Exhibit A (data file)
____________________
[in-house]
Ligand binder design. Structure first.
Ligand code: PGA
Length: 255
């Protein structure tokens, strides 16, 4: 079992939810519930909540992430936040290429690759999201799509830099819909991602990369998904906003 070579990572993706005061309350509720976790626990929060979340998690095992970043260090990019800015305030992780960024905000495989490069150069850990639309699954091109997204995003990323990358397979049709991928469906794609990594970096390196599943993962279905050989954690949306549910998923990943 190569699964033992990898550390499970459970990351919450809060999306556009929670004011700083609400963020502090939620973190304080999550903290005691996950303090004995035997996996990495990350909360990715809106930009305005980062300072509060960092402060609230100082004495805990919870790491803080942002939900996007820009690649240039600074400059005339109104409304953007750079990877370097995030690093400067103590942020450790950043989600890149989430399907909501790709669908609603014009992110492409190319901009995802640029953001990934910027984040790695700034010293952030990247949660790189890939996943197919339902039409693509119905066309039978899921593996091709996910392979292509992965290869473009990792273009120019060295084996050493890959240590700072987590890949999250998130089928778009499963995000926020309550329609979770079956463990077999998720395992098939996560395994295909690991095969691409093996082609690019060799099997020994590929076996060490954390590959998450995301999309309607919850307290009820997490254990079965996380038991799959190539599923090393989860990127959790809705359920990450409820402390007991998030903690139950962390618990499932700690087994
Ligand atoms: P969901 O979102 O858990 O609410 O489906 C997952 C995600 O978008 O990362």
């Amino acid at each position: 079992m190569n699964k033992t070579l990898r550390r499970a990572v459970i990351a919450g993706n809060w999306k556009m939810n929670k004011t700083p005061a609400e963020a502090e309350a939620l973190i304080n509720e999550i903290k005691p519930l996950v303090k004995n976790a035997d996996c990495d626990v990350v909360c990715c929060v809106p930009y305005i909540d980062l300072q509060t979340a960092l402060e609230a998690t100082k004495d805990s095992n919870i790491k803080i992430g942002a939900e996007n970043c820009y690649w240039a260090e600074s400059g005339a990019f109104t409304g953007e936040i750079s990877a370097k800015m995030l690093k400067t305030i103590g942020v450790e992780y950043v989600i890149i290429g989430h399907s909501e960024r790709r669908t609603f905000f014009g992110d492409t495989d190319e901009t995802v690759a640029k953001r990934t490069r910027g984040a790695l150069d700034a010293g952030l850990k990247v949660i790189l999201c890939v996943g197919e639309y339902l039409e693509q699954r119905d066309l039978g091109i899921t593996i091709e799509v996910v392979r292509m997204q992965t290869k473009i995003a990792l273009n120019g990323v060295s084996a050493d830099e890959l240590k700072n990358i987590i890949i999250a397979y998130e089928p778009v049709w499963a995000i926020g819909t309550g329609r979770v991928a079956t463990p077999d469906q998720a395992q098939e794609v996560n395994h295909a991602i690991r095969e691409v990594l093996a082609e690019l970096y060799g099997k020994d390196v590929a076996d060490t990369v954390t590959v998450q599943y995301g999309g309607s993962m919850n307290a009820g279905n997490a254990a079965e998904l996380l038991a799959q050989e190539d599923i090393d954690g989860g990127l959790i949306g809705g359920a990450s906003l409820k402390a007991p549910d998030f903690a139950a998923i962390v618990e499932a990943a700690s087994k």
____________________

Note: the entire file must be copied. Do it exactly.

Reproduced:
[in-house]
Ligand binder design. Structure first.
Ligand code: PGA
Length: 255
């Protein structure tokens, strides 16, 4: 079992939810519930909540992430936040290429690759999201799509830099819909991602990369998904906003 070579990572993706005061309350509720976790626990929060979340998690095992970043260090990019800015305030992780960024905000495989490069150069850990639309699954091109997204995003990323990358397979049709991928469906794609990594970096390196599943993962279905050989954690949306549910998923990943 190569699964033992990898550390499970459970990351919450809060999306556009929670004011700083609400963020502090939620973190304080999550903290005691996950303090004995035997996996990495990350909360990715809106930009305005980062300072509060960092402060609230100082004495805990919870790491803080942002939900996007820009690649240039600074400059005339109104409304953007750079990877370097995030690093400067103590942020450790950043989600890149989430399907909501790709669908609603014009992110492409190319901009995802640029953001990934910027984040790695700034010293952030990247949660790189890939996943197919339902039409693509119905066309039978899921593996091709996910392979292509992965290869473009990792273009120019060295084996050493890959240590700072987590890949999250998130089928778009499963995000926020309550329609979770079956463990077999998720395992098939996560395994295909690991095969691409093996082609690019060799099997020994590929076996060490954390590959998450995301999309309607919850307290009820997490254990079965996380038991799959190539599923090393989860990127959790809705359920990450409820402390007991998030903690139950962390618990499932700690087994
Ligand atoms: P969901 O979102 O858990 O609410 O489906 C997952 C995600 O978008 O990362």
């Amino acid at each position: 079992m190569n699964k033992t070579l990898r550390r499970a990572v459970i990351a919450g993706n809060w999306k556009m939810n929670k004011t700083p005061a609400e963020a502090e309350a939620l973190i304080n509720e999550i903290k005691p519930l996950v303090k004995n976790a035997d996996c990495d626990v990350v909360c990715c929060v809106p930009y305005i909540d980062l300072q509060t979340a960092l402060e609230a998690t100082k004495d805990s095992n919870i790491k803080i992430g942002a939900e996007n970043c820009y690649w240039a260090e600074s400059g005339a990019f109104t409304g953007e936040i750079s990877a370097k800015m995030l690093k400067t305030i103590g942020v450790e992780y950043v989600i890149i290429g989430h399907s909501e960024r790709r669908t609603f905000f014009g992110d492409t495989d190319e901009t995802v690759a640029k953001r990934t490069r910027g984040a790695l150069d700034a010293g952030l850990k990247v949660i790189l999201c890939v996943g197919e639309y339902l039409e693509q699954r119905d066309l039978g091109i899921t593996i091709e799509v996910v392979r292509m997204q992965t290869k473009i995003a990792l273009n120019g990323v060295s084996a050493d830099e890959l240590k700072n990358i987590i890949i999250a397979y998130e089928p778009v049709w499963a995000i926020g819909t309550g329609r979770v991928a079956t463990p077999d469906q998720a395992q098939e794609v996560n395994h295909a991602i690991r095969e691409v990594l093996a082609e690019l970096y060799g099997k020994d390196v590929a076996d060490t990369v954390t590959v998450q599943y995301g999309g309607s993962m919850n307290a009820g279905n997490a254990a079965e998904l996380l038991a799959q050989e190539d599923i090393d954690g989860g990127l959790i949306g809705g359920a990450s906003l409820k402390a007991p549910d998030f903690a139950a998923i962390v618990e499932a990943a700690s087994k």